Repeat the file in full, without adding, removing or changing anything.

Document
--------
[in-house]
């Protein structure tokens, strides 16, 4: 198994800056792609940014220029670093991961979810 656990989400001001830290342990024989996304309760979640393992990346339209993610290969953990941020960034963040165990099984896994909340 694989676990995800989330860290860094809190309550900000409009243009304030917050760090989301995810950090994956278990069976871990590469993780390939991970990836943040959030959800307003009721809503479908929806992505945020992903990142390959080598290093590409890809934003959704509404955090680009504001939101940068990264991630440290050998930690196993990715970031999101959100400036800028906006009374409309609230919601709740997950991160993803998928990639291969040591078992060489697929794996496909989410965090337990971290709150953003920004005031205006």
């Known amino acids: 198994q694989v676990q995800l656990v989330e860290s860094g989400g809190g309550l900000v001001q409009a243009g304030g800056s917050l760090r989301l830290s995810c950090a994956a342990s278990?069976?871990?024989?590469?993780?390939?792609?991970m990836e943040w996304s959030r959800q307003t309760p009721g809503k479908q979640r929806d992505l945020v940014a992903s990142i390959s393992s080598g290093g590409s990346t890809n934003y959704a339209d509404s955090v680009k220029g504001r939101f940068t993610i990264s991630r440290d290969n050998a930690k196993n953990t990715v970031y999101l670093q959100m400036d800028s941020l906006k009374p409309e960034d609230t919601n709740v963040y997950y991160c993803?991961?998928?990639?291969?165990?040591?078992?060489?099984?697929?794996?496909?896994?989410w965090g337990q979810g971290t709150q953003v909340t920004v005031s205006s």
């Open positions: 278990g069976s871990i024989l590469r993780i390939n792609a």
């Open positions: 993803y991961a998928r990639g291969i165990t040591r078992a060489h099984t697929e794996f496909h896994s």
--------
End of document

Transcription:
[in-house]
């Protein structure tokens, strides 16, 4: 198994800056792609940014220029670093991961979810 656990989400001001830290342990024989996304309760979640393992990346339209993610290969953990941020960034963040165990099984896994909340 694989676990995800989330860290860094809190309550900000409009243009304030917050760090989301995810950090994956278990069976871990590469993780390939991970990836943040959030959800307003009721809503479908929806992505945020992903990142390959080598290093590409890809934003959704509404955090680009504001939101940068990264991630440290050998930690196993990715970031999101959100400036800028906006009374409309609230919601709740997950991160993803998928990639291969040591078992060489697929794996496909989410965090337990971290709150953003920004005031205006």
């Known amino acids: 198994q694989v676990q995800l656990v989330e860290s860094g989400g809190g309550l900000v001001q409009a243009g304030g800056s917050l760090r989301l830290s995810c950090a994956a342990s278990?069976?871990?024989?590469?993780?390939?792609?991970m990836e943040w996304s959030r959800q307003t309760p009721g809503k479908q979640r929806d992505l945020v940014a992903s990142i390959s393992s080598g290093g590409s990346t890809n934003y959704a339209d509404s955090v680009k220029g504001r939101f940068t993610i990264s991630r440290d290969n050998a930690k196993n953990t990715v970031y999101l670093q959100m400036d800028s941020l906006k009374p409309e960034d609230t919601n709740v963040y997950y991160c993803?991961?998928?990639?291969?165990?040591?078992?060489?099984?697929?794996?496909?896994?989410w965090g337990q979810g971290t709150q953003v909340t920004v005031s205006s």
């Open positions: 278990g069976s871990i024989l590469r993780i390939n792609a």
């Open positions: 993803y991961a998928r990639g291969i165990t040591r078992a060489h099984t697929e794996f496909h896994s």